Longhorns Olympic Trials Q&A: Trey Hardee
June 12, 2012
AUSTIN, Texas -- The decathlon is one of the most epic physical tests in all of sports. Comprised of 10 events, as far-ranging as the 110 meter hurdles and discus throw, and competed over two days, the decathlon identifies the world's most versatile athletes.
Trey Hardee, an NCAA champion in the event while at Texas, has won back-to-back decathlon World Championships - just the third athlete in IAAF decathlon history to garner repeat titles.
He qualified for the 2008 Olympic Games in Beijing but did not finish the decathlon because of misses in the pole vault. Hardee responded, however, with a 2009 World Championships victory in Berlin with a career-best total of 8,790 points.
Hardee's last decathlon was his 2011 World Championships win in Korea last August, and he recently visited with TexasSports.com as he sets his focus on London.
How are you a better athlete for the decathlon now than in 2008? It's not so much that age, the number, matters. You just have more experience. I've been fortunate enough to make a few teams now and get in some international experience. You know what to expect a little better, and you can plan accordingly. The success that I've had also gives me confidence. Whereas, traveling to the Olympics last time, I really didn't know what to expect. Honestly, I wasn't even thinking about what to expect, I was just going over there. I was hyper-focused on myself and winning a medal, but I got into the moment and when it wasn't all going perfectly, I kind of let my guard down. I wasn't prepared for both the physical and mental tests, and what that was going to feel like.
How many actual decathlons do you compete in per year? Two to three. You kind of let the calendar year dictate that, and my health dictates that as well. In an ideal world, you do one in late May, the U.S. Championships and then whatever is after that - World Championships, Olympics, or whatever it might be.
Has your diet evolved into a significant part of your training regimen? I've heard coaches say this since I was in middle school - if you want your body to perform well you have to give it good fuel. That for me has been a trial by error and really a process of fine-tuning. It's hard to just give up junk food and soda. I went from eating fast food daily to now I rarely even eat processed food. I can tell when I've eaten poorly a couple days in a row because of how I feel. I'd say my diet is just really sensitive. I can feel my performance increase or decrease based on what I'm putting in my body. I listen to my body. I eat when I'm hungry.
Can you describe the physical aftermath of a decathlon? You're just relieved. Finally, I get a good night's sleep, because it's two hard, miserable 12-hour days. A huge weight is lifted off your shoulders. When you get home, just take a couple days and all we'll do is go to Barton Springs or stand-up paddle board, just something to get off the track. You still want to sweat a little bit, but really won't get back into full-on training for about seven to 10 days.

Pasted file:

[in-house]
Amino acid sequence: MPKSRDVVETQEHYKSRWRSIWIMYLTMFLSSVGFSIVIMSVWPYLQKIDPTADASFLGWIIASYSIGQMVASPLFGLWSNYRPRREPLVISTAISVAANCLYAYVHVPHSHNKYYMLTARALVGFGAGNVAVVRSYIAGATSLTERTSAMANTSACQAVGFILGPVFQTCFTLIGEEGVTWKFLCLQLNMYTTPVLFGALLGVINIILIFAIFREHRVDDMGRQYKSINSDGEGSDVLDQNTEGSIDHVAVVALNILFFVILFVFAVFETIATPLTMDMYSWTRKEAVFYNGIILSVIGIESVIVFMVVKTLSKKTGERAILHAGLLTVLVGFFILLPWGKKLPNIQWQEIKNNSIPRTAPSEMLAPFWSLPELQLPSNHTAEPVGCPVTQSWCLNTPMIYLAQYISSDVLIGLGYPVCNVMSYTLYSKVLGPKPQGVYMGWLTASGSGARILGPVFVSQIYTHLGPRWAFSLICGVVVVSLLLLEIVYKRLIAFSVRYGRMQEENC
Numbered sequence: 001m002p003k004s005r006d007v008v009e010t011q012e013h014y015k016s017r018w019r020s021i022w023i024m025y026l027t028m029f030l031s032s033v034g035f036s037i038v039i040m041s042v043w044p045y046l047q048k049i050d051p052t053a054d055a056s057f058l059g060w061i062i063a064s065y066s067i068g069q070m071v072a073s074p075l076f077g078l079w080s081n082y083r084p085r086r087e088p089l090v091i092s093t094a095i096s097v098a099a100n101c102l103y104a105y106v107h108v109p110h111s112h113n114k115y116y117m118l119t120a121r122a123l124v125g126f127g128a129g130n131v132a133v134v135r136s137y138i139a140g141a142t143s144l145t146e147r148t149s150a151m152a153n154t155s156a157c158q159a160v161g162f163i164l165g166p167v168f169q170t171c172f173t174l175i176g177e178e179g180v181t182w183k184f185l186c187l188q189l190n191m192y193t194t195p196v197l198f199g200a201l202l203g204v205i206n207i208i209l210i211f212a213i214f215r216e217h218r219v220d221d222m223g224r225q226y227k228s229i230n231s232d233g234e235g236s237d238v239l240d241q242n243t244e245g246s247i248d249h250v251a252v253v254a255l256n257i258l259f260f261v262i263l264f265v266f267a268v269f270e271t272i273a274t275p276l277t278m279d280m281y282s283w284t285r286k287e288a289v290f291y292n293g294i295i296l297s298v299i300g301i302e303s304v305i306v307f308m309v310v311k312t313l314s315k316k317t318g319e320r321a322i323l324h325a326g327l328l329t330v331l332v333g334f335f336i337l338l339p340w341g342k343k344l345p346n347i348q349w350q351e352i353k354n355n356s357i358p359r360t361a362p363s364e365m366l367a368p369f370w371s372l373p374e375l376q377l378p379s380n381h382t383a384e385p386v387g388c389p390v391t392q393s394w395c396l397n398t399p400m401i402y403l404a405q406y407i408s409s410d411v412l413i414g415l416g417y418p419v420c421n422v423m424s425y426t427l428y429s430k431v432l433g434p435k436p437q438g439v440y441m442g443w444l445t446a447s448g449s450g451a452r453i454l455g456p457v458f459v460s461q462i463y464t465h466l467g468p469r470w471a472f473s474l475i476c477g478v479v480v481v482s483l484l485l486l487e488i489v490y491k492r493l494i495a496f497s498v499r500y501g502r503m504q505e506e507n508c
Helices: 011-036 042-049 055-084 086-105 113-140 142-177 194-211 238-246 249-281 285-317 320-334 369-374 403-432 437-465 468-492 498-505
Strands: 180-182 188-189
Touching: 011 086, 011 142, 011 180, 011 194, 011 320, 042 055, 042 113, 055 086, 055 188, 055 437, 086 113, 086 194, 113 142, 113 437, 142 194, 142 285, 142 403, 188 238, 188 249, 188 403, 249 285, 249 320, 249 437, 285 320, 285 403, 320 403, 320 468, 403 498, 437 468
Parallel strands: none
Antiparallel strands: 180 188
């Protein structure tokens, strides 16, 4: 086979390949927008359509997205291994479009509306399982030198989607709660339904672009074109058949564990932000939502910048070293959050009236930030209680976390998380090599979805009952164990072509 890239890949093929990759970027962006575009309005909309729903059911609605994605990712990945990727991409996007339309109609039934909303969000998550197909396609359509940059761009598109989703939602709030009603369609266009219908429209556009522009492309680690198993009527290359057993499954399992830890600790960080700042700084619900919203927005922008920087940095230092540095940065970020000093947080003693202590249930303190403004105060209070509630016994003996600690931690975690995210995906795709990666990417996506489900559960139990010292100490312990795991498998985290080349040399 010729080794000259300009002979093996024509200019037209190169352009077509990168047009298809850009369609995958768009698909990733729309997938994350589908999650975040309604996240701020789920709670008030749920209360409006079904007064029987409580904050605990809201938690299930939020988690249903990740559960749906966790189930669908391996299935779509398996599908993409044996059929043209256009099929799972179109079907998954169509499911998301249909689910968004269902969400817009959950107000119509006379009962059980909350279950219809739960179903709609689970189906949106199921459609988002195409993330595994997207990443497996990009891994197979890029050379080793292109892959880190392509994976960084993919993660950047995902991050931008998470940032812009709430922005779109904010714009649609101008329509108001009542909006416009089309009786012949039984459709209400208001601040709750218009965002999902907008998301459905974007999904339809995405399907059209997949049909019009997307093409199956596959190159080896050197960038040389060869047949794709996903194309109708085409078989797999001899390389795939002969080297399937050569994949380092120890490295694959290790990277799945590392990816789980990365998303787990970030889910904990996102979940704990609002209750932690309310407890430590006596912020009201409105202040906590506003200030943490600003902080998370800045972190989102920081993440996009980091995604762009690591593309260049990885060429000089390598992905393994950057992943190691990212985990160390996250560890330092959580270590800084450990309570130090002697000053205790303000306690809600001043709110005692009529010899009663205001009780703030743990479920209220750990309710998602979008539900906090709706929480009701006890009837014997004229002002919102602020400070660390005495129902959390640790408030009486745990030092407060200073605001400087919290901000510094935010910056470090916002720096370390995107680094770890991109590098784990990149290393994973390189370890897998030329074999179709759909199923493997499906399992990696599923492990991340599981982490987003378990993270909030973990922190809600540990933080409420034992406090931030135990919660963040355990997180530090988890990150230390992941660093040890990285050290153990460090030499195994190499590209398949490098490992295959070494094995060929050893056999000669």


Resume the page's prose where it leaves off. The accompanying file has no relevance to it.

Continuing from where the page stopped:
You've won back-to-back World Championships (2009, 2011). How were those two wins significant for you? The first one was confirmation that I was doing things right. It was the initial goal I set for myself at the beginning of that season. I knew I could win if I was on and healthy. So, that win was gratifying to know that the things we do, and how we train, were the right things. The second one, I was ready to set the world on fire, but got sick right before the meet. My emotions and and goals had to change a little bit. The mentality was the same as in 2009, but after getting sick, it became about more about finishing and hopefully winning a medal.
How is your training so far? I had Tommy John surgery in September, so we wanted to let dictate how everything would fall in. The outdoor season has been going great. I'm in that time now where a lot of attention is being paid to the details, and you have to try and not get anxious. We know we're ready. I feel fit. I want to be excited but not anxious.
Is patience sort of the hidden ingredient in your training? It feels like everything is so far away, but when you're training and looking at a calendar, there's never enough time. It's a delicate process.
What is a training day like for you? Training is both complicated and simple. I'm up here every morning doing strength stuff, general body maintenance stuff. As early as I can make myself get up, I'm in the weight room. Then I'll take a couple hours to regroup, and eat lunch, then it's on the track for technical sessions and running until the sun starts going down. It's like that pretty much day-in and day-out.
That's not a bad day job, is it? I am a professional athlete. I get paid to do what I do. But there are not many sports like track and field, where it's so pure and black-and-white. Everybody is a specimen of physiological wonder. It's cool just to be able to compete with those guys and do the training and constantly try to figure out how to get faster, get stronger, throw farther. It's fun to learn and grow with a set of coaches like I have here at The University. We've tweaked things every year.
I always wanted to be a professional athlete. Growing up, my main goal was to play collegiate basketball. But I went from one sport to the next, and that was football to basketball to pole vault. I began pole vaulting and loved it. That got me into college and the decathlon became the next thing.
The UT tradition at the Olympics is pretty special. How does it feel to be part of that? Back in 2008, it was just an honor. It was really cool to be there in the village and be around Team USA as a whole, and we had close to 30 athletes and staff from UT. It was a cool experience, because you don't feel alone. This year, I'm really excited to actually lead the charge and represent The University of Texas better than I did the last time.